A major theme found throughout the Bible is God’s concern for the poor and his anger at the rich’s complicity in their oppression and abuse. We see this concern in the laws of Moses (see Leviticus), in the prophets (see Amos), and directly from Jesus in the Gospels.
The simple fact is that wealth can really mess people up.
Multiple studies have shown that those who see themselves as more wealthy or powerful than the average person behave in ways that show a lack of concern or even (in the worst cases) malevolence toward those who are poorer or less powerful than they are. The Bible’s concern for protecting the poor from the rich is merited!
In Luke 6:17-49 Jesus expounds on what it looks like to live in the kingdom of God. In Luke 6:20 Jesus begins this teaching by saying, “Blessed are you who are poor, for yours is the kingdom of God.” This statement comes at the beginning of what is traditionally called “the beatitudes,” a list of blessings Jesus proclaims over those who are poor, those who are hungry, those who weep, and those who are hated because they follow Jesus.
In Luke’s presentation of the beatitudes, Jesus also proclaims a series of corresponding “woes,” saying, “But woe to you who are rich, for you have received your consolation, woe to you who are full now, for you will be hungry. Woe to you who are laughing now, for you will mourn and weep,” (Luke 6:24-26).
What is Jesus trying to tell us?
The real issue at hand is not about having wealth. Some of Jesus’ followers certainly had wealth, and some of them were so wealthy they were able to financially support Jesus and his ministry.
It seems the issue has more to do with desiring wealth, or worse, loving wealth (see Paul’s discussion of wealth in 1 Timothy 6). Desiring and loving wealth are bright red, flashing danger signs warning that wealth has become an idol. Jesus’ warnings to the wealthy come from a place of concern and love. He is showing us that idols enslave. Through idolatry, both God and neighbor are forgotten, and even despised. We cannot serve and love God while serving and loving an idol. We cannot not serve and love God while neglecting our neighbor.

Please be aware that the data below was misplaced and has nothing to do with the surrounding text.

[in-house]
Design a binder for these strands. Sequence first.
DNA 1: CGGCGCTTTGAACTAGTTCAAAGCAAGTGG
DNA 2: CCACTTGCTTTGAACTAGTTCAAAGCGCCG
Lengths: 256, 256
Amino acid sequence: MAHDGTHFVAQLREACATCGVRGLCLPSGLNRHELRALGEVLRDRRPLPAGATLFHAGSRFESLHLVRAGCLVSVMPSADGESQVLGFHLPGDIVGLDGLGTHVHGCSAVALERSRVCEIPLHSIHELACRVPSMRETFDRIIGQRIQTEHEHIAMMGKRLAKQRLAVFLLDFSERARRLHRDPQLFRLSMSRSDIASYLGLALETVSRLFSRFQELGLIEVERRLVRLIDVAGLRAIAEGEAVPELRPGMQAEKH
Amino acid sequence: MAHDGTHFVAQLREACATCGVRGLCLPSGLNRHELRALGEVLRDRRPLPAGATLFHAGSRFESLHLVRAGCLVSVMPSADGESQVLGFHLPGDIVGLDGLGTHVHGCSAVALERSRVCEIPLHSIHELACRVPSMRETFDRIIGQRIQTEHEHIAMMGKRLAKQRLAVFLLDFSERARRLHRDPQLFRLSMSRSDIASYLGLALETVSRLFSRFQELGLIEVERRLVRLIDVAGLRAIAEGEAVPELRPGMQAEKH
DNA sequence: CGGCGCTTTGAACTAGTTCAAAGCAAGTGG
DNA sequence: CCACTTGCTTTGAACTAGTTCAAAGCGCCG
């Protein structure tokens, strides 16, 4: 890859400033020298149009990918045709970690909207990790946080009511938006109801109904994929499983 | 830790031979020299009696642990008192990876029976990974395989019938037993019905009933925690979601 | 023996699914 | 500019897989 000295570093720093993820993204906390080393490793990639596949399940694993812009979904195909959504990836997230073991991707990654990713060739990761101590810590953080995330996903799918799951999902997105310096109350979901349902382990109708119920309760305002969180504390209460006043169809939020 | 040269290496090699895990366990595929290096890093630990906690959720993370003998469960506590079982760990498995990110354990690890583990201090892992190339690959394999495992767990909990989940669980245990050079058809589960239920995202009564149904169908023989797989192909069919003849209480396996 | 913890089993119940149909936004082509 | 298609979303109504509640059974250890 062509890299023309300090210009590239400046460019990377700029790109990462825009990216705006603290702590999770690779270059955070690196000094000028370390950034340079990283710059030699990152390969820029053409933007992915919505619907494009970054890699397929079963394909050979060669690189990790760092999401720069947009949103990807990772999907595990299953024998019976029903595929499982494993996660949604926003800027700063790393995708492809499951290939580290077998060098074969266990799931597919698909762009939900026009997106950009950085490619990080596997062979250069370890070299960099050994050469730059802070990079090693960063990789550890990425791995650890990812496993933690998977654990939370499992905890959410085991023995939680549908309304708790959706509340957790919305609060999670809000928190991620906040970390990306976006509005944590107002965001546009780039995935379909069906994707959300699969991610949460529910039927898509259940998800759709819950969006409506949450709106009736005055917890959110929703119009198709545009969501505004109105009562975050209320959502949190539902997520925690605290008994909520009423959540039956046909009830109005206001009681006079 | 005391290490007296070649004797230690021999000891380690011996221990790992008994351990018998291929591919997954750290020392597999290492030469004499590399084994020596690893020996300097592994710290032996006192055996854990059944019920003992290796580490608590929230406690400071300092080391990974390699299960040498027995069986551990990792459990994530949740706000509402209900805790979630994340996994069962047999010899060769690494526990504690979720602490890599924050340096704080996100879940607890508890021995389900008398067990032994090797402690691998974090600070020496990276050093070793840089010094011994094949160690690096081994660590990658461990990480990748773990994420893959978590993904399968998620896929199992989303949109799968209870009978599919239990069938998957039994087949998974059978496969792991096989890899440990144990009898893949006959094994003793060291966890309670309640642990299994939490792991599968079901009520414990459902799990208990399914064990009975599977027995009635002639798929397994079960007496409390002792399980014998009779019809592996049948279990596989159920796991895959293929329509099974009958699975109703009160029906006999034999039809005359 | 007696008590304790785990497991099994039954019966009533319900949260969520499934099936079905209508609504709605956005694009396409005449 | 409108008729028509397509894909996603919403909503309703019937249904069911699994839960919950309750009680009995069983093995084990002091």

Thankfully, Jesus offers hope to those trapped in idolatry.
Luke 18 records a conversation between Jesus and a “rich ruler.” At the end of this conversation, the rich ruler goes away sad, and Jesus makes the comment, “How hard it is for those who have wealth to enter the kingdom of God!” Those nearby asked Jesus, “Then who can be saved?” Jesus replied, “What is impossible for mortals is possible for God.”
For those who have let the idolatry of wealth creep into their hearts, or any other idol for that matter, the sacrifice, humility, and love of Jesus not only saves us from the punishment we deserve but transforms us into a people who look more like Jesus himself. Through his Spirit we are able to love and live as God calls us – as a citizen of his kingdom, no matter where we started.
One of the ways we can show our residency in the kingdom of God is through being generous. This was Jesus’ advice to the rich ruler. Jesus told him to sell his possessions and give to the poor.
For Christians today, generosity is a spiritual discipline that keeps us from becoming attached to our wealth and ensures we do not neglect the poor. Generosity as spiritual discipline is part of God’s work of sanctification in our lives.
As for the rich in this present age, charge them not to be haughty, nor to set their hopes on the uncertainty of riches, but on God, who richly provides us with everything to enjoy. They are to do good, to be rich in good works, to be generous and ready to share, thus storing up treasure for themselves as a good foundation for the future, so that they may take hold of that which is truly life.
— 1 Timothy 6:17-19
Go and be generous!